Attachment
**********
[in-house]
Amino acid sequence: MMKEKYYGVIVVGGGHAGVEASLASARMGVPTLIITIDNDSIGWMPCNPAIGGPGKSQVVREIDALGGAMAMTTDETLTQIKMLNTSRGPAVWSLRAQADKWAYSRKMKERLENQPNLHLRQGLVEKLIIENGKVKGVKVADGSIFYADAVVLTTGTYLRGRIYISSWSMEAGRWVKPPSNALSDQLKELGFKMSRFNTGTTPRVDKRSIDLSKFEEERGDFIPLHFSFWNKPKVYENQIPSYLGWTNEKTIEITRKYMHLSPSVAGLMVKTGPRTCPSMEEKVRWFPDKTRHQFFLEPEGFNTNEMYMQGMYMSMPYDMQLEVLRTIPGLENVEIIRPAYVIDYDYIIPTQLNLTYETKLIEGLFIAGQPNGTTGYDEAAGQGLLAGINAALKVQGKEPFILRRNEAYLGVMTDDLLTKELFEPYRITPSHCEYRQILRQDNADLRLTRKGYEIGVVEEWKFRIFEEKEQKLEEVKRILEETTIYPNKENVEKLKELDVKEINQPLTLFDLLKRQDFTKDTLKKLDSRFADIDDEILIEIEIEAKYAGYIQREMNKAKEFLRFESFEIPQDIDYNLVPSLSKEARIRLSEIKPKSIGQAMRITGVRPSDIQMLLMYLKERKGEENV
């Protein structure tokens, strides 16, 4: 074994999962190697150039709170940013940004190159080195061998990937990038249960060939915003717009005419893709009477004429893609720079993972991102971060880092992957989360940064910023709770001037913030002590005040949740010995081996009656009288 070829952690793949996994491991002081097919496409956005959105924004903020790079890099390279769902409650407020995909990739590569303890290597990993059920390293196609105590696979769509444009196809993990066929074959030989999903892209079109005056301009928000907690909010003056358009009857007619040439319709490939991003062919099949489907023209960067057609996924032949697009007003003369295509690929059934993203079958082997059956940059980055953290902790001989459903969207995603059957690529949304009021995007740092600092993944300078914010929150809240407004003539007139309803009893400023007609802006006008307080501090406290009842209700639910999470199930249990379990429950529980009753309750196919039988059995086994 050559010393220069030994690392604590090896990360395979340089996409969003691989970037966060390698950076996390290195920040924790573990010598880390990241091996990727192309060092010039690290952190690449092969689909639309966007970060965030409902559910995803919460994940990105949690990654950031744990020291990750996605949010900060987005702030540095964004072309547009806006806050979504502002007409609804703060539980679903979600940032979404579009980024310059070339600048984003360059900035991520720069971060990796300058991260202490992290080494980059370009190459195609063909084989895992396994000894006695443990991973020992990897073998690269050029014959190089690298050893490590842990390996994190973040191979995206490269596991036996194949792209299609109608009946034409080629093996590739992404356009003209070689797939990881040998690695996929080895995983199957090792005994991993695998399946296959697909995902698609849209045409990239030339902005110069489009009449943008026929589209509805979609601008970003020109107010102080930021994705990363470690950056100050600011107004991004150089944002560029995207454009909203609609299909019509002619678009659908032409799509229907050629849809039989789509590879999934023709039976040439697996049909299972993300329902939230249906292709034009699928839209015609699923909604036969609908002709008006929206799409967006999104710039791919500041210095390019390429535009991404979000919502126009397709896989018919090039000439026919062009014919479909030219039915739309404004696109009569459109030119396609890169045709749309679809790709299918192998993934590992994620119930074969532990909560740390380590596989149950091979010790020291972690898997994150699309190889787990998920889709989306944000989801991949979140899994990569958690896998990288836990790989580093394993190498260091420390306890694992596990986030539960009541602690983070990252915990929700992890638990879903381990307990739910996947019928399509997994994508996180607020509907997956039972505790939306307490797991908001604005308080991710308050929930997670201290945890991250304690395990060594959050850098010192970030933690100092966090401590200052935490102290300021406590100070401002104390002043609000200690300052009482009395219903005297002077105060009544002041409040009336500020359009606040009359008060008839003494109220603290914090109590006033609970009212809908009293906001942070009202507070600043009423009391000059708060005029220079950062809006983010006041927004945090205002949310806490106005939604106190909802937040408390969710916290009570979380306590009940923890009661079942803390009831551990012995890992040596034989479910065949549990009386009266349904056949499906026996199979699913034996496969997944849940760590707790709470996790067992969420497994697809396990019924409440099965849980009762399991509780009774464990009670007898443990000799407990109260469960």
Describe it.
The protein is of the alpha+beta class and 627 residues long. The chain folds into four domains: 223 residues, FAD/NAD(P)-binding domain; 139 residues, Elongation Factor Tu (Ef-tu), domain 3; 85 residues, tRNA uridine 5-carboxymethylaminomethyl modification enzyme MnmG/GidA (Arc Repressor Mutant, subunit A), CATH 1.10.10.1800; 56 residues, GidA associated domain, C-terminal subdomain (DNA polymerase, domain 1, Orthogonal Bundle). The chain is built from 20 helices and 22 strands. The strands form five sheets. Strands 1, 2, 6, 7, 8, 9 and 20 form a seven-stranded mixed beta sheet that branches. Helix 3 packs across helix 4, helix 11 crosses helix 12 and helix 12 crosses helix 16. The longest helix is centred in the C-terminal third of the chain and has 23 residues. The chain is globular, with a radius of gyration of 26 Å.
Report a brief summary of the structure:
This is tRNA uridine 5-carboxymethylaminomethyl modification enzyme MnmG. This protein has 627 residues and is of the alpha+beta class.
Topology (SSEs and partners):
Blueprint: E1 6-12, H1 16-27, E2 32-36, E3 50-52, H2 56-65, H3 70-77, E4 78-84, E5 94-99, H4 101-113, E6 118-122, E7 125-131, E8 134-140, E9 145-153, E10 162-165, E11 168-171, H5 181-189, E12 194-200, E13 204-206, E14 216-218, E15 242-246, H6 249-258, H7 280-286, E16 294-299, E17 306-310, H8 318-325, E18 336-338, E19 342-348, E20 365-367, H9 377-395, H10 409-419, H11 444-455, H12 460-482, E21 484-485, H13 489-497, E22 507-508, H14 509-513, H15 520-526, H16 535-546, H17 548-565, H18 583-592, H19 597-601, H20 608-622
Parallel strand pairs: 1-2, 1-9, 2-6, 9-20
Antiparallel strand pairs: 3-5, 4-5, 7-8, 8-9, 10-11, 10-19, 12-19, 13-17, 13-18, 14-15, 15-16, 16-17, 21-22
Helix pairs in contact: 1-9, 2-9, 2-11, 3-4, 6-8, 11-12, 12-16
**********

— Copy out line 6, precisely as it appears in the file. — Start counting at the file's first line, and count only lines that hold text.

Report a brief summary of the structure: